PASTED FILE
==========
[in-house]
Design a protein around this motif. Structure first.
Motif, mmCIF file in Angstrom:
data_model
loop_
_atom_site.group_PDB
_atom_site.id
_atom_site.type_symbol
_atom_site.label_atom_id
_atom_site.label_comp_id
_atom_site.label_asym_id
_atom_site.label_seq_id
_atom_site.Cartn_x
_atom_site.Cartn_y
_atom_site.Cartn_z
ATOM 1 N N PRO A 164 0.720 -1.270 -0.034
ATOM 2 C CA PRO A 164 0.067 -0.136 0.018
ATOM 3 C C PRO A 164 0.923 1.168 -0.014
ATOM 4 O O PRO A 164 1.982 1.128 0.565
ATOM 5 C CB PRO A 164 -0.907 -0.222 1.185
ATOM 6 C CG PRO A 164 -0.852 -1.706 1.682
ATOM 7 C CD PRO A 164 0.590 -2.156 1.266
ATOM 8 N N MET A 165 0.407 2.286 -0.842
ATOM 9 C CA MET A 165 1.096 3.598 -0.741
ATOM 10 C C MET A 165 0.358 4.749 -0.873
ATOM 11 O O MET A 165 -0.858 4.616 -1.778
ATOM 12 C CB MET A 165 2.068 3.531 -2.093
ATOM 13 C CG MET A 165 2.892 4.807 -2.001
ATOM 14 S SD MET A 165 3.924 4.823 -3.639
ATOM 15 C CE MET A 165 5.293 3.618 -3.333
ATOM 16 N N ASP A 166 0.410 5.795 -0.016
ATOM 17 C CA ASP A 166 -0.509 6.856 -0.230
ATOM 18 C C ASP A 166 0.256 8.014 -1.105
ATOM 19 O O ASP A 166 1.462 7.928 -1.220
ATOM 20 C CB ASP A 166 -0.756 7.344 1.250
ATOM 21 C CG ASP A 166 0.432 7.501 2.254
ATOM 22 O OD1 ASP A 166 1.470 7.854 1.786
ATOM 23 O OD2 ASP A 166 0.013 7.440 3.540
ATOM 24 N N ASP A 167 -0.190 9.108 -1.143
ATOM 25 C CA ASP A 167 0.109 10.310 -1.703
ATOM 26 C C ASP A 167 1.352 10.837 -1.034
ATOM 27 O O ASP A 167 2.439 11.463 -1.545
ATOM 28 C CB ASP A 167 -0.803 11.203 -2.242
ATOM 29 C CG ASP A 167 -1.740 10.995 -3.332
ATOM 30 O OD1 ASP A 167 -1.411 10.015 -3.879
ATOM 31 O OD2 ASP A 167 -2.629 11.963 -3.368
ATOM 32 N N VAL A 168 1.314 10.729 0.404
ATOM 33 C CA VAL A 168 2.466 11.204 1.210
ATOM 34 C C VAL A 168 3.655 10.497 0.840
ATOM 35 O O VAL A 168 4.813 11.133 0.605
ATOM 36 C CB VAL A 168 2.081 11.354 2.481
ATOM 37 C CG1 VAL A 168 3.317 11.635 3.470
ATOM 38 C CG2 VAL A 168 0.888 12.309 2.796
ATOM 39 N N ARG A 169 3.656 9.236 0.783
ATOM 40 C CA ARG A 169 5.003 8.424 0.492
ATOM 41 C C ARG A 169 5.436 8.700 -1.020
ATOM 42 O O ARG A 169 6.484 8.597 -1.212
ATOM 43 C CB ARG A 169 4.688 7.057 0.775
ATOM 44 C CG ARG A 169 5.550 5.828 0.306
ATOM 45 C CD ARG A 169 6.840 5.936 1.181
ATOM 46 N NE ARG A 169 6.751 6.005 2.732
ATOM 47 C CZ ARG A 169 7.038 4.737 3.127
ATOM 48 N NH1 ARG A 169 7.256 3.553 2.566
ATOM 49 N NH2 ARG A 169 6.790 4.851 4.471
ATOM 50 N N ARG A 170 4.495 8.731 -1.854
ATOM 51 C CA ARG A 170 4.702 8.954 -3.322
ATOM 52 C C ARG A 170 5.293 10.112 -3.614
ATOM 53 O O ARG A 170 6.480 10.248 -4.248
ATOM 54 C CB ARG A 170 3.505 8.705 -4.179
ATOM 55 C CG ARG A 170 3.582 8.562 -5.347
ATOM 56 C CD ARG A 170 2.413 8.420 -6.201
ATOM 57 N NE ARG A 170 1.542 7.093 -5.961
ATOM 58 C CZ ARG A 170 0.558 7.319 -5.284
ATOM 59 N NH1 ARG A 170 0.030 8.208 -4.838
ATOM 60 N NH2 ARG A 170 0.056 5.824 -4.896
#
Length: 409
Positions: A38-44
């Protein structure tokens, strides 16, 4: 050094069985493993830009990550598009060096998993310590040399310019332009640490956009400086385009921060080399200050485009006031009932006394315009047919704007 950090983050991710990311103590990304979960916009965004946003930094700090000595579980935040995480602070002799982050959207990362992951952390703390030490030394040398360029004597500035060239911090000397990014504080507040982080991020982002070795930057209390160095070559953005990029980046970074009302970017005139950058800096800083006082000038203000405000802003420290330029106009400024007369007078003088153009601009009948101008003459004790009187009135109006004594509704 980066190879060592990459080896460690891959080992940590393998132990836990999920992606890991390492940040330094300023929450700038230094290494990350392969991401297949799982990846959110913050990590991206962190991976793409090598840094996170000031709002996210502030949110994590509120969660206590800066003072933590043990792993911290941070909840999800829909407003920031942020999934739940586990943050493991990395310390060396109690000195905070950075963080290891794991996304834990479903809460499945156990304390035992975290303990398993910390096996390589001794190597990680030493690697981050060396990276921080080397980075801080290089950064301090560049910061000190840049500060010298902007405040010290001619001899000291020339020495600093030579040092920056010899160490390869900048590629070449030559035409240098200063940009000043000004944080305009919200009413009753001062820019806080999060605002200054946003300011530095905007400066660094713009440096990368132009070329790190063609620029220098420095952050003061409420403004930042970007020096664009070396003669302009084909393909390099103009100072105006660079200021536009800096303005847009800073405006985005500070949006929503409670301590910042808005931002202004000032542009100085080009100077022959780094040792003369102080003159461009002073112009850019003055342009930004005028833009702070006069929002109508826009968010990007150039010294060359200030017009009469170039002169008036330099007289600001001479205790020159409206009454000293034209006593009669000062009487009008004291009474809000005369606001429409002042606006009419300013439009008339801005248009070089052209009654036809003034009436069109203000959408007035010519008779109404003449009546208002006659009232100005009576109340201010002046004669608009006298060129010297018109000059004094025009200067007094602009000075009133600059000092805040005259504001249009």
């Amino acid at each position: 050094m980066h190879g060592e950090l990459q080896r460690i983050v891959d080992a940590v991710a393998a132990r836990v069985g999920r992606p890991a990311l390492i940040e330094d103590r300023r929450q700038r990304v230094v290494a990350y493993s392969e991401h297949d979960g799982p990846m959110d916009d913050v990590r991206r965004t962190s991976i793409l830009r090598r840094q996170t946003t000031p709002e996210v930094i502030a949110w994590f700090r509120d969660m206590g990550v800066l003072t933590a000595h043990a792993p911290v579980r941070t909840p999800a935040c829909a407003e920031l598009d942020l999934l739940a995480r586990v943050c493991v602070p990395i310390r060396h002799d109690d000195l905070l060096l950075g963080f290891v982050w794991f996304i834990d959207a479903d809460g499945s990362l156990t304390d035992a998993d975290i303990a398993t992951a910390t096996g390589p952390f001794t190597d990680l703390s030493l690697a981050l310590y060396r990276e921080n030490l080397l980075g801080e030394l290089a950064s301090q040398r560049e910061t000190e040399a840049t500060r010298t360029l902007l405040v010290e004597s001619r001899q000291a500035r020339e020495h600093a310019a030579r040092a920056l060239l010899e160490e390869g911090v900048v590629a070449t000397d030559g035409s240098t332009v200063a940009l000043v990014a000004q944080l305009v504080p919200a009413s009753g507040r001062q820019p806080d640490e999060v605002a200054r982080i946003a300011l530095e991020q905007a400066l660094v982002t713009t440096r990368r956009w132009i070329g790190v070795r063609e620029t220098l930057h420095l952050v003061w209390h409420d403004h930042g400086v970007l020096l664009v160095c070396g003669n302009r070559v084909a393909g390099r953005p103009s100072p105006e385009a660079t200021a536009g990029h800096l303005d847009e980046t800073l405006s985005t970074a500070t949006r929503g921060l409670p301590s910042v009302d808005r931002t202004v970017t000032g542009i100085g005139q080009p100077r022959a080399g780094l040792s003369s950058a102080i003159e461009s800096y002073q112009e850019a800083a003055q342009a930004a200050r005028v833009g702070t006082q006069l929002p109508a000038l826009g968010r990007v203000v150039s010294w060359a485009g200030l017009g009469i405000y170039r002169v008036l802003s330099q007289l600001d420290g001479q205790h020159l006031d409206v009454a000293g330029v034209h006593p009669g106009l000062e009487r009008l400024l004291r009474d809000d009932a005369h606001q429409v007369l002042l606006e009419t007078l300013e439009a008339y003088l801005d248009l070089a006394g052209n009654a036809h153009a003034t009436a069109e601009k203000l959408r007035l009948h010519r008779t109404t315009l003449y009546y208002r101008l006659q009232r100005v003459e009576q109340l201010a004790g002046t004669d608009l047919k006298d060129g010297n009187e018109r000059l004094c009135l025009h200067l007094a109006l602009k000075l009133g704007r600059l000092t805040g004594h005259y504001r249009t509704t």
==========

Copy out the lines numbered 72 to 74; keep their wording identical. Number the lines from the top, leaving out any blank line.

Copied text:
ATOM 57 N NE ARG A 170 1.542 7.093 -5.961
ATOM 58 C CZ ARG A 170 0.558 7.319 -5.284
ATOM 59 N NH1 ARG A 170 0.030 8.208 -4.838